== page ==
Epstein et al., in association with Medco, a pharmacy benefits management organization, conducted a comparative cohort study in which patients initiating warfarin therapy were invited to participate with free genotyping. (61) Their hospitalization rates (the primary outcome) during the next 6 months were compared with those of a historical control group of similar patients who had initiated warfarin therapy the previous year. The authors reported that the genotyped cohort had 31% fewer hospitalizations overall compared to controls (adjusted hazard ratio [HR]: 0.69, 95% confidence interval [CI]: 0.58 to 0.82, p=0.001) and 28% fewer hospitalizations for bleeding or thromboembolism (HR: 0.72, 95% CI: 0.53 to 0.97, p=0.029). However, the number of patients who were offered enrollment but declined was omitted from the publication, making it impossible to exclude the possibility that the results of the study are heavily influenced by selection bias. A high patient refusal rate could produce a highly selected population, not comparable to unselected historical controls. Additionally, hospitalizations related to bleeding or thromboembolism were reduced by 2.16% in absolute terms, while all-cause hospitalizations had a much larger reduction of 7.07%. The latter is more than triple that expected if only due to reductions in hospitalizations from bleeding or thromboembolism by improved warfarin dosing. In the absence of selection bias, changes in warfarin dosing would not be expected to impact hospitalizations for non-hematologic reasons. The question of selection bias could have been avoided in this study if test results had been sent randomly to only half of the physicians caring for patients tested.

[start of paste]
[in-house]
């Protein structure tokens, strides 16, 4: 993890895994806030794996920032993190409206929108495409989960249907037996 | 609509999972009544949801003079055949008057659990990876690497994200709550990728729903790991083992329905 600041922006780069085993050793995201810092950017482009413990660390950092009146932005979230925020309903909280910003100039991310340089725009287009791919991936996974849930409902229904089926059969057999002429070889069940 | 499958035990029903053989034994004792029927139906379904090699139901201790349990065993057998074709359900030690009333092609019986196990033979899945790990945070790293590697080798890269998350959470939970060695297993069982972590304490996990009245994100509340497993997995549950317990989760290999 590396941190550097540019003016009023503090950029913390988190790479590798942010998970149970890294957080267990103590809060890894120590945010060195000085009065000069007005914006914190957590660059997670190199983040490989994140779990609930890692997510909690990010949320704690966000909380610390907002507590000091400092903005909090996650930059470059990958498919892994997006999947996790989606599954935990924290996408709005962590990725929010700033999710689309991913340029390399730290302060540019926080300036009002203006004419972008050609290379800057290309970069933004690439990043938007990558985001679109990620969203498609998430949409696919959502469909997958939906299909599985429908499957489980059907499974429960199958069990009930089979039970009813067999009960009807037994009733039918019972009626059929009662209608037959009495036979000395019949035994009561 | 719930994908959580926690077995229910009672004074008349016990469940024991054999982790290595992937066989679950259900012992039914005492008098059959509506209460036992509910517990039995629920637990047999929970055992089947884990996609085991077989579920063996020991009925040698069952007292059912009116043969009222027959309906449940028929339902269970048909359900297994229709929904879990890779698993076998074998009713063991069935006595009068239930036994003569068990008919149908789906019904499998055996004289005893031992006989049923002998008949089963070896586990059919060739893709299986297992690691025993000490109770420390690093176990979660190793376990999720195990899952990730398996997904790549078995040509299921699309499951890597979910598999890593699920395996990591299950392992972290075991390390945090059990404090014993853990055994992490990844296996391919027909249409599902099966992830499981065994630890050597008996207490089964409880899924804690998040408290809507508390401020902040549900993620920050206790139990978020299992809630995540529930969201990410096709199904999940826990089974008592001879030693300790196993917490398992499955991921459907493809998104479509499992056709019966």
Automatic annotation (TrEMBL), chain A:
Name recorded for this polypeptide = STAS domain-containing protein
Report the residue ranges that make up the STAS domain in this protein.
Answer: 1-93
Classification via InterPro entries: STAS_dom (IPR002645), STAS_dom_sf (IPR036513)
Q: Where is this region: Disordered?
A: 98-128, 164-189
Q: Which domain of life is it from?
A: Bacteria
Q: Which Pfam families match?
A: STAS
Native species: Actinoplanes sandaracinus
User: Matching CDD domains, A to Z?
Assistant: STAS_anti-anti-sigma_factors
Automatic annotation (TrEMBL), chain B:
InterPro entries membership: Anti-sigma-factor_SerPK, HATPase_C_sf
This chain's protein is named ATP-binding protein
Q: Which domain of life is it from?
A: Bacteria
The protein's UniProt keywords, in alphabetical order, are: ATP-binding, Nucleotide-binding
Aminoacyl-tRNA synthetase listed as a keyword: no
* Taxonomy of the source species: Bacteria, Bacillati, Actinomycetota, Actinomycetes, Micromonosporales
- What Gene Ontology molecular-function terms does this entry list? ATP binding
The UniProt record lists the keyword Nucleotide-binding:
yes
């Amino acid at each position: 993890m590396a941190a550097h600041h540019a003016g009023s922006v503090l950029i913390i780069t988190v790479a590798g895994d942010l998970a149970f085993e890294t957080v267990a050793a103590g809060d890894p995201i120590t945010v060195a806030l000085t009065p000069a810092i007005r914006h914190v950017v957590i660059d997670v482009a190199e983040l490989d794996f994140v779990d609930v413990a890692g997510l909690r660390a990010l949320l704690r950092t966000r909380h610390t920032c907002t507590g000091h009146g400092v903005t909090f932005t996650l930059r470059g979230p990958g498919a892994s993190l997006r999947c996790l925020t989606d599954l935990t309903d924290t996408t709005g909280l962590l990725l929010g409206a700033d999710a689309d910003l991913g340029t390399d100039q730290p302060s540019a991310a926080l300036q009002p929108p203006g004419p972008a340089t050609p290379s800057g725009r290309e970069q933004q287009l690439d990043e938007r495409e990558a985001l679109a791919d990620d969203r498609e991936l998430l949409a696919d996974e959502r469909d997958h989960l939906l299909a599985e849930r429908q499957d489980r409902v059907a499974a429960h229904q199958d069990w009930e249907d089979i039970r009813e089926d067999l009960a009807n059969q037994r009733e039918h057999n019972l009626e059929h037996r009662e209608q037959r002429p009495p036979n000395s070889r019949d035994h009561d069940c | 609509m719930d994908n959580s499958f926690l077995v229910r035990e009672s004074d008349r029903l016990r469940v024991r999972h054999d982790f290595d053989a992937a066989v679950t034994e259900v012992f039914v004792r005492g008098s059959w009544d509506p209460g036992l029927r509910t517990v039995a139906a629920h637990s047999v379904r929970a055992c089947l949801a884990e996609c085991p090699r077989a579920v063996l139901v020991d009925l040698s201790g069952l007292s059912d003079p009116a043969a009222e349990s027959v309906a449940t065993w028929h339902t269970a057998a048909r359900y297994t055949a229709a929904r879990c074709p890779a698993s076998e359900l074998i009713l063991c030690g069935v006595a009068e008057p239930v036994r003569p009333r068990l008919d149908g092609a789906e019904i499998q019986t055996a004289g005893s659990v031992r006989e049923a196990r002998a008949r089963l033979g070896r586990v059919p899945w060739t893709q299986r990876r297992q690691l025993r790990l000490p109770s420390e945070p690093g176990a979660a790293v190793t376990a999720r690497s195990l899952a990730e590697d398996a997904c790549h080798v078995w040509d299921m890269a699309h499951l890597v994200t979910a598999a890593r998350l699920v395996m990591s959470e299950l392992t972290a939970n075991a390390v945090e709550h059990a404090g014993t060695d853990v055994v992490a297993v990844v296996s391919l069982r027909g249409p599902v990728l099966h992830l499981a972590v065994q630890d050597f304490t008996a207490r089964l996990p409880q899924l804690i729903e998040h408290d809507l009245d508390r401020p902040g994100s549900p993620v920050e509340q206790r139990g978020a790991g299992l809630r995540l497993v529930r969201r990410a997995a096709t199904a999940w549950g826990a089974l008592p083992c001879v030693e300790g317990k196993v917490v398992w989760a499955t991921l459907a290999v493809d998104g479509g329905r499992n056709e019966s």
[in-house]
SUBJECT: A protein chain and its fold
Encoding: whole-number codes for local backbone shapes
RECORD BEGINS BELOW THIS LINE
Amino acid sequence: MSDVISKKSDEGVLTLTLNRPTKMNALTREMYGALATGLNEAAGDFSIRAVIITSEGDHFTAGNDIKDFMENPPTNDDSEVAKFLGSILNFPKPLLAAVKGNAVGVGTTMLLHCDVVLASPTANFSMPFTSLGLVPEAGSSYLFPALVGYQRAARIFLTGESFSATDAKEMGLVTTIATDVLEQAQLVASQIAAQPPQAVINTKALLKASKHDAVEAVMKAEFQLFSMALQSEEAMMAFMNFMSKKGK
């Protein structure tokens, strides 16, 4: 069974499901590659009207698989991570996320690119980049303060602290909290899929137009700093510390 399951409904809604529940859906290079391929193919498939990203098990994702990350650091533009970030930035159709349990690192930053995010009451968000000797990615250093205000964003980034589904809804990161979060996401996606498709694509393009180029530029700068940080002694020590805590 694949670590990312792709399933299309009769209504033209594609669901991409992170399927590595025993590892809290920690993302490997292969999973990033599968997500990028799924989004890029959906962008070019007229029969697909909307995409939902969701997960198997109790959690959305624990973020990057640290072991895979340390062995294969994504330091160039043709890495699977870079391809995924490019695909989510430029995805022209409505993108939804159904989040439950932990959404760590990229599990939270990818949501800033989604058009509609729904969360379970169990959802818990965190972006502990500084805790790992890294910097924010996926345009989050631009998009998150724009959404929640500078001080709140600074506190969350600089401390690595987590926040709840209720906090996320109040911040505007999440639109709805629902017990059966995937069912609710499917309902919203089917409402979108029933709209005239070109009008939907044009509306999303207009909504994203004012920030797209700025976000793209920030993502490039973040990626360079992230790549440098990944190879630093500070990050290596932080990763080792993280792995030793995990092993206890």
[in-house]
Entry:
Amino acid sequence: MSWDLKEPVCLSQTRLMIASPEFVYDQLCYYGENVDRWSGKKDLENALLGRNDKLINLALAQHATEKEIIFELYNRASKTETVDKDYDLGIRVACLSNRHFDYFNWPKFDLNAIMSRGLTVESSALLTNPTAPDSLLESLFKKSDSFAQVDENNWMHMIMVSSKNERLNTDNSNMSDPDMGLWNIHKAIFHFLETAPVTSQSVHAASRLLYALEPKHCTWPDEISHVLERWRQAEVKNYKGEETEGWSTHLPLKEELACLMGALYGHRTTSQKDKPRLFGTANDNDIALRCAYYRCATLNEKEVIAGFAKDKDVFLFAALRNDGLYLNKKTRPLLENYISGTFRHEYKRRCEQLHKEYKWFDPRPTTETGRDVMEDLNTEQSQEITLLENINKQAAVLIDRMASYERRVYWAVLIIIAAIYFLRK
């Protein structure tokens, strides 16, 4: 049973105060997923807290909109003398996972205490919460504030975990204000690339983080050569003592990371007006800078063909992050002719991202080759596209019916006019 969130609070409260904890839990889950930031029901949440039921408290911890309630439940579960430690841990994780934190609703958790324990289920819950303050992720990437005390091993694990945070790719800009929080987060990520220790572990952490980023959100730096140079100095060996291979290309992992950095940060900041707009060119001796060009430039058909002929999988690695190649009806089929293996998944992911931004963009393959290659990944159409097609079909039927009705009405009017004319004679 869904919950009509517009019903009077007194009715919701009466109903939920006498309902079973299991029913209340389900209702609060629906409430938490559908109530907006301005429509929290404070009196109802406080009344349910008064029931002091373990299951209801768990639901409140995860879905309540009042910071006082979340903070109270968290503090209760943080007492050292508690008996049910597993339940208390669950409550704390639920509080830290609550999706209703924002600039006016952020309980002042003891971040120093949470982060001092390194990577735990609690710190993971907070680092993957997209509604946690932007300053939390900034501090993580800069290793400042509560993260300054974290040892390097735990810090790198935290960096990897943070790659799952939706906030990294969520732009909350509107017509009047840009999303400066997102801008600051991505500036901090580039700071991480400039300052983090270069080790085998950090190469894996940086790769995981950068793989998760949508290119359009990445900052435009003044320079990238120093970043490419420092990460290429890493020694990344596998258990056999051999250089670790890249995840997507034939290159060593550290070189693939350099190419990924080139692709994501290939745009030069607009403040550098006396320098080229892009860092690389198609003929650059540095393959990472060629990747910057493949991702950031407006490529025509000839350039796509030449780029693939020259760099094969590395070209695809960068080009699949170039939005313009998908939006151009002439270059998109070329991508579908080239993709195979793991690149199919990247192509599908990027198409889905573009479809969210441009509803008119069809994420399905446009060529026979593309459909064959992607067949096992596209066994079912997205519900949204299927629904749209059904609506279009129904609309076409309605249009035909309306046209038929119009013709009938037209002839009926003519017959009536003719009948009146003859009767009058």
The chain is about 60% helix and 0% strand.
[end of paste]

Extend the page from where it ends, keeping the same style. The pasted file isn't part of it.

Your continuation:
A blinded, randomized clinical trial (CoumaGen-II) by Anderson et al. investigated if 2 pharmacogenetic-guided (PG) testing algorithms were better than standard empiric warfarin dosing.(62) A parallel control group (n=1,866) included patients initiating warfarin treatment during the study period, and for these patients, warfarin dose was determined by physician/health-care provider. Same day genotyping of CYP2C9 and VKORC1 was provided to 504 patients randomized to 257 in the 1-step arm (IWPC algorithm) and 247 in the 3-step arm (modified IWPC algorithm). The vast majority of patients (91.4% in the control group and 95.4% in the PG group) were of Caucasian ancestry. Primary endpoints were the percentage out-of-range of INRs and time in therapeutic range during the first month and through the third month of warfarin therapy. Both PG approaches were observed to be equivalent at 1 and 3 months for all outcomes with a stable maintenance dose determined in 444 patients. There was an inverse relation between the number of reduced function alleles and the ability to predict a stable maintenance dose (p<0.001). Pharmacogenomic guidance was more accurate in wild-type patients and those with multiple variants (p<0.001). Both PG arms were pooled and were observed to be superior to the standard dosing approach with significant (p<0.001) reductions in percent of time out of INR range and percentage of time in therapeutic range at 1 and 3 months after controlling for relevant variables. Adverse events (hemorrhagic events, thromboembolic events, or other serious adverse events) were greater in the control group (4.5%) compared to the PG group (9.4%), with an adjusted relative risk of .44 (95% CI: 0.28-0.70, p<0.001).

Several large clinical trials, including some randomized, comparative clinical trials, designed to address clinical utility, are currently in progress (63) and are summarized below:

  • Warfarin Adverse Event Reduction For Adults Receiving Genetic Testing at Therapy INITIATION (WARFARIN) Trial conducted by Iverson Genetic Diagnostics, Inc. (NCT01305148). The trial will determine if the use of genetic information can predict warfarin dosing that will result in fewer hospitalizations and deaths related to warfarin. Setting: 16 hospitals/research centers in 7 states. Targeted enrollment: 4,300 participants. Currently recruiting. Additional information online at: